2013: The Year Post-Punk Broke Again
Almost halfway through the year, we've seen a lot of huge music news already. David Bowie came back and put out a new record, Neutral Milk Hotel reunited, and Daft Punk put out their first proper record in eight years. It's definitely been a big year already, and it promises to continue with the upcoming releases of albums from artists like Kanye West, Black Sabbath (with Ozzy singing with the band for the first time on record since 1978), Wu-Tang Clan, Elton John, Franz Ferdinand, Queens of the Stone Age, and the second half of Justin Timberlake's The 20/20 Experience.
Photo by Nicholas Zalud Denmark's Iceage at Mango's Monday night
In a year where so many huge artists are releasing new music, it might be hard to keep up with the current trends awakening in the underground, or some of the lesser-known breakout artists. Luckily, the online music media keeps a spotlight on that and we can observe these trends as they're happening. For me personally, one of the most exciting trends is that 2013 appears to be the year that post-punk has broken out once again.
When post-punk first evolved in the late '70s, it took the existing groundwork of punk rock to its logical extreme, extracting the essence of punk and breaking down the barriers of tradition to create something wholly original and uninhibited by anyone's conception of what Western music should sound like. From this spawned the No Wave scene in New York, where artists like Lydia Lunch who didn't even know how to play instruments were now creating songs, or some bizarre facsimile.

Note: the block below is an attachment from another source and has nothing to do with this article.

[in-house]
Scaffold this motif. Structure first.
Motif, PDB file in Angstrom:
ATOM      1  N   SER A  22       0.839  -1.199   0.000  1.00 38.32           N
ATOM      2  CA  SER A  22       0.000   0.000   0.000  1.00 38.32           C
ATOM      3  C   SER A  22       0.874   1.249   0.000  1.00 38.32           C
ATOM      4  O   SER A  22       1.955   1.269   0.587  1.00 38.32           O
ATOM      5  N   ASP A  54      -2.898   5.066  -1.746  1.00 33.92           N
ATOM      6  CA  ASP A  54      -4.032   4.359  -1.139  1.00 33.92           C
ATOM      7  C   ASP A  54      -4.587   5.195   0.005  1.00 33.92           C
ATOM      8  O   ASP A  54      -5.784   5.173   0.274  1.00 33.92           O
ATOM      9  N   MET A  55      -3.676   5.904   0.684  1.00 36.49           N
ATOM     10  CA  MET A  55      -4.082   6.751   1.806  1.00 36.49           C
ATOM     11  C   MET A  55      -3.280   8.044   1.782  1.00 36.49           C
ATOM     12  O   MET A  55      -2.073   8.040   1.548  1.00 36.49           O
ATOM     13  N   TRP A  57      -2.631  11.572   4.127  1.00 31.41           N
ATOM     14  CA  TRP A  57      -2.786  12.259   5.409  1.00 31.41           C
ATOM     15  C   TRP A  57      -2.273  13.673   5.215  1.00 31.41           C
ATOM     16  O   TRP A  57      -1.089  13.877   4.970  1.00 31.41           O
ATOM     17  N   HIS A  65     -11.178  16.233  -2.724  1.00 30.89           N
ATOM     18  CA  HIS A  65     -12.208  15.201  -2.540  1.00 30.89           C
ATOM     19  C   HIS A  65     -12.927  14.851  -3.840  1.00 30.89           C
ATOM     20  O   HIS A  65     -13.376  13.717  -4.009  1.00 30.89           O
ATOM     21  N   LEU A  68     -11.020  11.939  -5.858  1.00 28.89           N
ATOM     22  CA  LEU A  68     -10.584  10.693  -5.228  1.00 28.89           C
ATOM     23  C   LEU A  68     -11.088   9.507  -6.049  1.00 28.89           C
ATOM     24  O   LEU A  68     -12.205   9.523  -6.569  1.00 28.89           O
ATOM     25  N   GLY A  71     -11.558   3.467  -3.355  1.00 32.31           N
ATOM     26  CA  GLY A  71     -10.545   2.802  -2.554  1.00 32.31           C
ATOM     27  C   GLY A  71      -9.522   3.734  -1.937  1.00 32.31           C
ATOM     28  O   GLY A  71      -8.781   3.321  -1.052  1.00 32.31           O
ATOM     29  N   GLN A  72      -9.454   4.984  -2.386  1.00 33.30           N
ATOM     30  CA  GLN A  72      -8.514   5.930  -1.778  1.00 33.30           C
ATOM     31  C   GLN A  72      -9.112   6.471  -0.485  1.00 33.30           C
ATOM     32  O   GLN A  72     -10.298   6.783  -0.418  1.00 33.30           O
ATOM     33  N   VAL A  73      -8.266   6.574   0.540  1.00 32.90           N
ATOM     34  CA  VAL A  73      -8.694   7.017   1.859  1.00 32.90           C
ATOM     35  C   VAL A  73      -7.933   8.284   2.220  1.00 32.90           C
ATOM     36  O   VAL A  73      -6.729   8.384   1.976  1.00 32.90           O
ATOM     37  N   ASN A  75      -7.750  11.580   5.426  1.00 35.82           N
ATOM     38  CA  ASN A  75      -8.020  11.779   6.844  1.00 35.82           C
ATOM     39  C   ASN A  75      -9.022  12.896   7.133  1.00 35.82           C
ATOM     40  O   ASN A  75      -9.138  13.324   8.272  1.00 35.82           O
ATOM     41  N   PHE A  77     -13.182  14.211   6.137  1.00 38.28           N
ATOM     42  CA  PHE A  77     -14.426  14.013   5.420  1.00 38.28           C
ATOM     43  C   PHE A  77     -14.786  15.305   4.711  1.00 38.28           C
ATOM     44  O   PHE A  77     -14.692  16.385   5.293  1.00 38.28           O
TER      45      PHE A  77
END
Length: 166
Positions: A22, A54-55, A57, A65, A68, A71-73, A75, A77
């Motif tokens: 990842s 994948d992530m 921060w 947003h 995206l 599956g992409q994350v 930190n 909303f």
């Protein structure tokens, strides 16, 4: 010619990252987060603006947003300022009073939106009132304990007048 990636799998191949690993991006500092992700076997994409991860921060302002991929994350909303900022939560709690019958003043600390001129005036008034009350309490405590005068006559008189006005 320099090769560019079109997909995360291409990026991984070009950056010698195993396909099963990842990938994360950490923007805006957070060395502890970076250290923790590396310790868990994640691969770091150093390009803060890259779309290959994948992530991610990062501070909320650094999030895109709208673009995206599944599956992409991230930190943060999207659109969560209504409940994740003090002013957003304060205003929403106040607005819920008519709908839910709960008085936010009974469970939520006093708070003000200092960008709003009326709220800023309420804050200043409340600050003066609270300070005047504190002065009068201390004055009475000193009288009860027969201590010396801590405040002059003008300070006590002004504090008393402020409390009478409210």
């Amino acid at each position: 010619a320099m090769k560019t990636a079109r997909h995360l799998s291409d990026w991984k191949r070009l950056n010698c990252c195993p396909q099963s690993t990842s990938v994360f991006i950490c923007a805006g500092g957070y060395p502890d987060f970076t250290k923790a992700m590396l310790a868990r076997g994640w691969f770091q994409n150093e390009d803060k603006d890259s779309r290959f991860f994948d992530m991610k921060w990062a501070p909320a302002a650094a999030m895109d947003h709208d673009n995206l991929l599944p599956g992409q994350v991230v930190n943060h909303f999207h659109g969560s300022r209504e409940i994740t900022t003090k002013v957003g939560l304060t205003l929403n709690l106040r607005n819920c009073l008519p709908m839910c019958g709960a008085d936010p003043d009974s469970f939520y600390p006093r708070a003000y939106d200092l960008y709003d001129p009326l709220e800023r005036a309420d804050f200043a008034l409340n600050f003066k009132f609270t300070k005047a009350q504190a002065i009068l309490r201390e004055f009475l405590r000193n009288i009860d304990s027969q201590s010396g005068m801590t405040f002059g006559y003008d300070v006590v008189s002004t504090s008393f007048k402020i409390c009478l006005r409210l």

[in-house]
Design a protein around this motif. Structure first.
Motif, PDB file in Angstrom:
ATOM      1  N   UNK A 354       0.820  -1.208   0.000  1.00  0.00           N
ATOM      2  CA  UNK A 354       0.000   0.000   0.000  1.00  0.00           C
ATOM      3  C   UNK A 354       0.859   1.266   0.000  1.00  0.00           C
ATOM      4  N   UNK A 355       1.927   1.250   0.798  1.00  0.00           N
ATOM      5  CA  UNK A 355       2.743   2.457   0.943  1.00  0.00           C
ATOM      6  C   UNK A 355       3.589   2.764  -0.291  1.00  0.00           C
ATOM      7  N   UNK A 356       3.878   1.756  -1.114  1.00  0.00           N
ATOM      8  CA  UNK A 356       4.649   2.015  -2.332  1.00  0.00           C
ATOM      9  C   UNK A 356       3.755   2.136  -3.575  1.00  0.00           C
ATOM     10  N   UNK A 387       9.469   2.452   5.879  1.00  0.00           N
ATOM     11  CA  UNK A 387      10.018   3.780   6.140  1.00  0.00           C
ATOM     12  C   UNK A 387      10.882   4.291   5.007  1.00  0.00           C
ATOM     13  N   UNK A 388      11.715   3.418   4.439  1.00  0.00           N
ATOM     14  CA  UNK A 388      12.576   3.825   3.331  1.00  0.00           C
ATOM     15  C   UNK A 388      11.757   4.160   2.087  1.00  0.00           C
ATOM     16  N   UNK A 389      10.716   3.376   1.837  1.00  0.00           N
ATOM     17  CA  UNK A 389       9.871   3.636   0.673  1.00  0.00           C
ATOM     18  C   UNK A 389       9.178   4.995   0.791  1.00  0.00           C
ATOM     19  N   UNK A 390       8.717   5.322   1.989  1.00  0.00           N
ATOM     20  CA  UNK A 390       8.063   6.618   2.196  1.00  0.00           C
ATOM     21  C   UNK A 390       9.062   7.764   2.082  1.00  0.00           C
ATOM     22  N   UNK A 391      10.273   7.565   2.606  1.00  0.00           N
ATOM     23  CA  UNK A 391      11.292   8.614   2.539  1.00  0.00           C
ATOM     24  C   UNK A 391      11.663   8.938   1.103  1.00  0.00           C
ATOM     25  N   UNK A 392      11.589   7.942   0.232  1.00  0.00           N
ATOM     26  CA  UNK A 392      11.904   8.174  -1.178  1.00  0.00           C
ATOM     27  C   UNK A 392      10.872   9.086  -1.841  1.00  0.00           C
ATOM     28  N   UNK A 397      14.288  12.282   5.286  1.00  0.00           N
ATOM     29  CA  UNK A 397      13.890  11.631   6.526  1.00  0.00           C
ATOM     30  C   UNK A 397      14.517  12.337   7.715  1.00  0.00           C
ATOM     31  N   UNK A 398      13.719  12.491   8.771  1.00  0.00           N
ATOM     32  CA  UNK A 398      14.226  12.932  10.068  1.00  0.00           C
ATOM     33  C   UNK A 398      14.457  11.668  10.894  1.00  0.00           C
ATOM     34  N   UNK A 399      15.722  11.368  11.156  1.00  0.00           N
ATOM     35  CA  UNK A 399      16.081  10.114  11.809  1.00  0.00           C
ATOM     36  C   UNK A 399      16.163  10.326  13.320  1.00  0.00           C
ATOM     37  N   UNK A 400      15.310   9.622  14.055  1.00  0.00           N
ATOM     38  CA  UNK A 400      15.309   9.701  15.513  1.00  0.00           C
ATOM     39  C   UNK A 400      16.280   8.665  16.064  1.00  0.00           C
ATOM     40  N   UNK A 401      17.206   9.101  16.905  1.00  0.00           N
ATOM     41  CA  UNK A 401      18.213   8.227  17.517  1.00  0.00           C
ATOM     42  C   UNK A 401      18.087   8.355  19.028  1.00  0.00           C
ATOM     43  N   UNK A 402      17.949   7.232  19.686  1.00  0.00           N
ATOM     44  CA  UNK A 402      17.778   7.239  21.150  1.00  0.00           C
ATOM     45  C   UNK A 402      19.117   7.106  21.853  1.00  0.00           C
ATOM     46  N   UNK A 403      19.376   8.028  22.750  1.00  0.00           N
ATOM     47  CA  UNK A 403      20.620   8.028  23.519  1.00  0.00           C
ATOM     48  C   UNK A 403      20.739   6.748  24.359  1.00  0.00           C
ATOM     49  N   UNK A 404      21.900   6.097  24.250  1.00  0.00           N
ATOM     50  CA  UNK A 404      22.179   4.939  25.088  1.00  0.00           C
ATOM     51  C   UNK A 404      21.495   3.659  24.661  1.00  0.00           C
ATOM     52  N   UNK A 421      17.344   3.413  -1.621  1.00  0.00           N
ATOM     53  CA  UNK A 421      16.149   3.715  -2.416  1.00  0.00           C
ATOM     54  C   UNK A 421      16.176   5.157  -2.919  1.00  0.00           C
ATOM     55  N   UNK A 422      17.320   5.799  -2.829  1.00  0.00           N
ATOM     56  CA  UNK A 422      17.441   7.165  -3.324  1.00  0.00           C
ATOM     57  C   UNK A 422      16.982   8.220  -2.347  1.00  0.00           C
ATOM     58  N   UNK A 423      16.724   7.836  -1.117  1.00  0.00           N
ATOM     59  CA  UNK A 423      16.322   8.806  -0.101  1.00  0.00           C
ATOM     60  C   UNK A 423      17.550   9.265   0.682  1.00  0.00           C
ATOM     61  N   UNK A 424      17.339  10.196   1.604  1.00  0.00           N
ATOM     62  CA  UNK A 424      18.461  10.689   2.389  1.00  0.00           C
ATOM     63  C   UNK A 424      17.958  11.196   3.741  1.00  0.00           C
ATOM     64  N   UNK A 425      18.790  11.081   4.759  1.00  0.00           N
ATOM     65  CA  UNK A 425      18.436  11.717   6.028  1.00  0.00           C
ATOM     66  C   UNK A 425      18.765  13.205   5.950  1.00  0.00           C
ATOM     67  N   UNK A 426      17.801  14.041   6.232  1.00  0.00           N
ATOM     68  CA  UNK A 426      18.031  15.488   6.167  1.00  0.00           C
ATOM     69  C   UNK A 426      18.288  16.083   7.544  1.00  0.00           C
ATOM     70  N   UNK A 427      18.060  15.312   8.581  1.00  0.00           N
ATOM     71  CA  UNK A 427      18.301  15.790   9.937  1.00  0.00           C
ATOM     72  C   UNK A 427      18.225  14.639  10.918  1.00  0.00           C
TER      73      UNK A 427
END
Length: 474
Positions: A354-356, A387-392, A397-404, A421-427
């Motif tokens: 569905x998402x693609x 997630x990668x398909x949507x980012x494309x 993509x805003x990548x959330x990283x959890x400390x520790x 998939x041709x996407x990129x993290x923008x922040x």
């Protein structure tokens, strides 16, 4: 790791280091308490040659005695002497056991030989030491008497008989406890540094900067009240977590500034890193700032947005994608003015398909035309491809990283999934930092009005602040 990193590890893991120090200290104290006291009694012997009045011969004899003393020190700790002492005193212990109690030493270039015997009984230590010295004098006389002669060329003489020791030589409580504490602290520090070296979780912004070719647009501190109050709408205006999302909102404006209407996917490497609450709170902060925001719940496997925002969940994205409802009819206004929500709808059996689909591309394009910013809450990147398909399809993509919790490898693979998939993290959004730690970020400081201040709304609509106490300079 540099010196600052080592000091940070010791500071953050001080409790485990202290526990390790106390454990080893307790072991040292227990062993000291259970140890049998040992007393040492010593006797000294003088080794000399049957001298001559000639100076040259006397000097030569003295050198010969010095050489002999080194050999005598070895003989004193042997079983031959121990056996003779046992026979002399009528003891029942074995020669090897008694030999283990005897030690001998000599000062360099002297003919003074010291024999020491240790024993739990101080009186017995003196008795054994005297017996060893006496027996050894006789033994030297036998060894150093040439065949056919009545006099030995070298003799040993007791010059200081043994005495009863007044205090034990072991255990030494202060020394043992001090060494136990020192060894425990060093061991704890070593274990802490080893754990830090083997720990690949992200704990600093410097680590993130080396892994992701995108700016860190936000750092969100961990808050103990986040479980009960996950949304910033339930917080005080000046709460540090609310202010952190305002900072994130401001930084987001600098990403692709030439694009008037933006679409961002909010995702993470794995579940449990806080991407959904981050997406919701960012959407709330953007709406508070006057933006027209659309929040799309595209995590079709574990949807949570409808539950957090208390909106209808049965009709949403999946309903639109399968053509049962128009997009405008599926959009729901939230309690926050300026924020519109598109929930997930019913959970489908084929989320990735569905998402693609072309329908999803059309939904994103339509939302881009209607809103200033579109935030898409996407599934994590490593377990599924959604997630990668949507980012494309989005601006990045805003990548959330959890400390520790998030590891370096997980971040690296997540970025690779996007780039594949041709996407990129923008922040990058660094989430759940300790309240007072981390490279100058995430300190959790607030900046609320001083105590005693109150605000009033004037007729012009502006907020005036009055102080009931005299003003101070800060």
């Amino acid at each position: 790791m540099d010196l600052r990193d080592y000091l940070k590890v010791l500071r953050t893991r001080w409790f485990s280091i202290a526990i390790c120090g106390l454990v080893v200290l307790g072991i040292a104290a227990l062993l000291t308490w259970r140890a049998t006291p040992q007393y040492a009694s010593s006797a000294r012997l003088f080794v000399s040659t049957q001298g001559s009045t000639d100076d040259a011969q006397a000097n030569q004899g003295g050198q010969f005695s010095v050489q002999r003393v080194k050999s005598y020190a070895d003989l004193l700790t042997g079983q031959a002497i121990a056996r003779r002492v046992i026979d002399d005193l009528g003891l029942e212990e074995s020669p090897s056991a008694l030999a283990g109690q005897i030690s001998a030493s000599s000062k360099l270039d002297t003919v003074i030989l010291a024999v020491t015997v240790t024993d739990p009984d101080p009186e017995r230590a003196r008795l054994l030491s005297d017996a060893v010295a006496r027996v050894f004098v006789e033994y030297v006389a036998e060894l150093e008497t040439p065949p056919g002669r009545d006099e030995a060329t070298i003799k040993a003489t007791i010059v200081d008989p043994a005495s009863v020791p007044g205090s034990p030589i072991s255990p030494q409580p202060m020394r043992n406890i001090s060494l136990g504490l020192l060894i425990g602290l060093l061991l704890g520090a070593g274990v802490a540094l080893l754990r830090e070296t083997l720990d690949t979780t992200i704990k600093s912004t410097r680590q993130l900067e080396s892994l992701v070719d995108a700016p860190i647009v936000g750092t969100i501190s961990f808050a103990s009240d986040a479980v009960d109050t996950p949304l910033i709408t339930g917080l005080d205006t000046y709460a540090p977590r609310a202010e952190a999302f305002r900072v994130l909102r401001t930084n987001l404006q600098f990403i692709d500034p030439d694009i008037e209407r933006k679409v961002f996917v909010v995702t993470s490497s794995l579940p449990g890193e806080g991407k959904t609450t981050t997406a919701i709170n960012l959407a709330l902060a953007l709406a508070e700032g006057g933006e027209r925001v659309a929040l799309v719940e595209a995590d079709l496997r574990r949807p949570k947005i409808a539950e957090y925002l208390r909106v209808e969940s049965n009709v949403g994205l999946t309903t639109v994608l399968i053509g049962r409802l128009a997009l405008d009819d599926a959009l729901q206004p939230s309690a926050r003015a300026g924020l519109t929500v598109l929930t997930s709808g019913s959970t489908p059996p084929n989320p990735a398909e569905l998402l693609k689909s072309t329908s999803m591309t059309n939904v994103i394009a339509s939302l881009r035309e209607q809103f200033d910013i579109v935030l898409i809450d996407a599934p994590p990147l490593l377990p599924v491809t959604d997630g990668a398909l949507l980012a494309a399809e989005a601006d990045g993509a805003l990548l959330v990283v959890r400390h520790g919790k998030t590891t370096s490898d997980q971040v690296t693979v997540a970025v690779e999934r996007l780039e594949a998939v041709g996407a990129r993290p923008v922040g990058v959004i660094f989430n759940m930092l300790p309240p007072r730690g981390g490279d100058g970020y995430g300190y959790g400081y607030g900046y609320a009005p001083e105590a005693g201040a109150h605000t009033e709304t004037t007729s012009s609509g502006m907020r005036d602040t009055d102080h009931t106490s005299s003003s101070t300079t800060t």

From there, post-punk evolved as many of the all-time greats of the genre appeared. Into the '80s, bands like the Fall, Public Image Ltd., Wire and Suicide continued to innovate. They paved the way for the explosion of "college rock" bands that came shortly thereafter, like Sonic Youth and Pavement, groups who reinstated some of the song structure but retained the lessons they had learned.
In 2013, the lessons have not been so much forgotten as left dormant to rot for many years before being unearthed by discoverers and explorers, much like Greek and Roman sculptures were dredged up by Renaissance artists to employ in new ways.
Now the new wave is discovering the art of the original New Wave, and even some of the surviving masters are making returns to resurrect the genre. It's an exciting time for post-punk fans.
Already we've seen the release of a brand-new album from the Fall called Re-Mit. Their most playful and nostalgic release in some time, it looks back to the band's '80s heyday by resurrecting their synth-laden sounds of old.
Before that it was Wire, whose Change Becomes Us was their most vital record in years, also reviving unreleased and previously unrecorded tracks from their earliest days as a band. The songs are no worse for the wear in 2013. In fact, they sound more relevant today than at any other time. That's possible because Wire's early sound is now contemporary again.